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Gravitational potential energy and rotational motion

  1. Oct 29, 2011 #1
    1. The problem statement, all variables and given/known data
    A marble is placed at the top of an inverted hemispherical bowl of radius R = 0.30 m. It starts from rest and slides down the bowl without friction. Draw a free body diagram when the marble reaches an angular position θ = 16.6°. From your FBD, sketch the approximate direction of the acceleration.
    1.Calculate the radial component of the acceleration (assuming that the radius of the marble is negligible). (Hint: First find the velocity at θ = 16.6°.)
    2. What is the tangential component of the acceleration when θ = 16.6°? (Hint: Use Newton's second law.)
    3. What is the magnitude of the normal force when the marble loses contact with the bowl?
    4. Draw a free body diagram for the angular position where the marble loses contact with the bowl. Draw the direction of the acceleration next to your FBD. What is the angle θ when the marble loses contact with the bowl?

    2. Relevant equations
    PE = mgh
    KE = 1/2mv²
    ΔE = ΔKE + ΔPE
    F = ma
    ac = v²/r


    3. The attempt at a solution
    1. I found the radial acceleration to be 0.817 m/s² by using ΔE = ΔKE + ΔPE and found v final. I then used ac = v²/r
    2. Tangential acceleration is 2.80 m/s² which I found by using ƩFx= Nx -> ma = mgsin(16.6)
    3. Normal force is 0
    4. I am not sure how to find this value. I tired to find the velocity when the marble loses contact and sub that into ΔE = ΔKE + ΔPE to find the final height but I wasn't sure how to find the velocity or if this is even the correct method.
     
  2. jcsd
  3. Oct 29, 2011 #2

    Simon Bridge

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    well - from your answer to 3, where does this happen? Can you make an equation relating the normal force to the angle?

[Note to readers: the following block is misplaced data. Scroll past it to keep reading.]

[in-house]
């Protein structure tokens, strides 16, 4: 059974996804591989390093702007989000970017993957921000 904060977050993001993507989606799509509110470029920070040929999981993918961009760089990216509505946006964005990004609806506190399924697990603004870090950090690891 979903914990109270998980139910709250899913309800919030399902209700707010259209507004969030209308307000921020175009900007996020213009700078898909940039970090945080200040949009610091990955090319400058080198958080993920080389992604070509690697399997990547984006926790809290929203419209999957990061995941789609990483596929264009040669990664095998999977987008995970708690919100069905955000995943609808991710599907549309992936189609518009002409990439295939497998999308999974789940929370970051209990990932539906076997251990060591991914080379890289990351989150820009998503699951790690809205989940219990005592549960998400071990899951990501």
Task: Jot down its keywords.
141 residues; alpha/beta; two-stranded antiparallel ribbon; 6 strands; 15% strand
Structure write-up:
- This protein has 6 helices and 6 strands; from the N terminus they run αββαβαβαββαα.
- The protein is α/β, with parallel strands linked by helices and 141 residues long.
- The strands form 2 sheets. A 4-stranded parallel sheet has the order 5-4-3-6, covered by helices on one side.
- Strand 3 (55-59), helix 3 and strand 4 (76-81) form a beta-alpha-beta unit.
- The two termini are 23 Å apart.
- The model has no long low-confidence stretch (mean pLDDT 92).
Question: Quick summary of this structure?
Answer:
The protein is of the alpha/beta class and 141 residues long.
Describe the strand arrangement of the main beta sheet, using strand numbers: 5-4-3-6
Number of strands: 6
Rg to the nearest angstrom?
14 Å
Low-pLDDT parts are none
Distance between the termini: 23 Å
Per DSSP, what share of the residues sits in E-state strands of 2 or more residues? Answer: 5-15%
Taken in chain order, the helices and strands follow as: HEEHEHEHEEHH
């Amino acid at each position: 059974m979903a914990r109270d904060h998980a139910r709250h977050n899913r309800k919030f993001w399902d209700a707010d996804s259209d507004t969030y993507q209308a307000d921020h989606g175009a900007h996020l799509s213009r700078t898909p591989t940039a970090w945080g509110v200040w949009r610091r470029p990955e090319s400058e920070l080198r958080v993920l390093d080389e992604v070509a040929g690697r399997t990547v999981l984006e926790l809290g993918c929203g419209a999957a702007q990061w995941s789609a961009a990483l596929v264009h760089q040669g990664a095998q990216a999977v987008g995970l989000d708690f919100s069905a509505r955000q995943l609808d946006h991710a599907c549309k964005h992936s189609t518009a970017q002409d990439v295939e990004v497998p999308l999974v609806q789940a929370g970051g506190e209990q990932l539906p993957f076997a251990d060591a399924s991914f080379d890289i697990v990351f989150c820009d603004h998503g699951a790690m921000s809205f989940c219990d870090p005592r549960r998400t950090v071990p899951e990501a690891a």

4. Oct 30, 2011 #3
    I'm not sure how I would set that up. I had thought that perhaps the angle might be 90 since that would make the x-component of the normal force equal to zero (nx = mgsinθ). But the answer was not correct. As to what happens at this point I thought that at the point the ball leaves the acceleration will be equal to gravity, but now I am unsure.
     
  5. Oct 30, 2011 #4

    Simon Bridge

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    Reality check: (check my working)
    The normal force is always normal to the surface of the bowl.
    Gravity always points down.
    Measure angle A from the top of the bowl.

    for A=0, N=0, F=mg
    for 0 < A < pi, F2+N2=(mg)2

    so: F=mg.cos(A) and N=mg.sin(A) for the magnitudes of the tangential and normal forces. The motion is circular but not uniform - there is an angular acceleration - it's not even kinematic.

    By conservation of energy, the kinetic energy will be:

    T=mgR.sin(A) where R is the radius of the bowl, which puts the tangential speed at:

    v2=2gR.sin(A)

    centripetal acceleration is, therefore, ac=2gsin(A), giving a centripetal force of:

    Fc = 2mgsin(A)

    this will be the force pointing towards the center ... which is also what the normal force does! This is twice the normal force - how come?

    Anyway - from your own analysis: you'd want to say that the first time there was no contact was at A=0, the location of maximum push is at A=pi/2, so the ball loses contact with the wall at A=pi. (all angles in radiens)

    So - draw a free body diagram which does not have a normal force ... what does it look like? Would this be what happens at A = pi?
     
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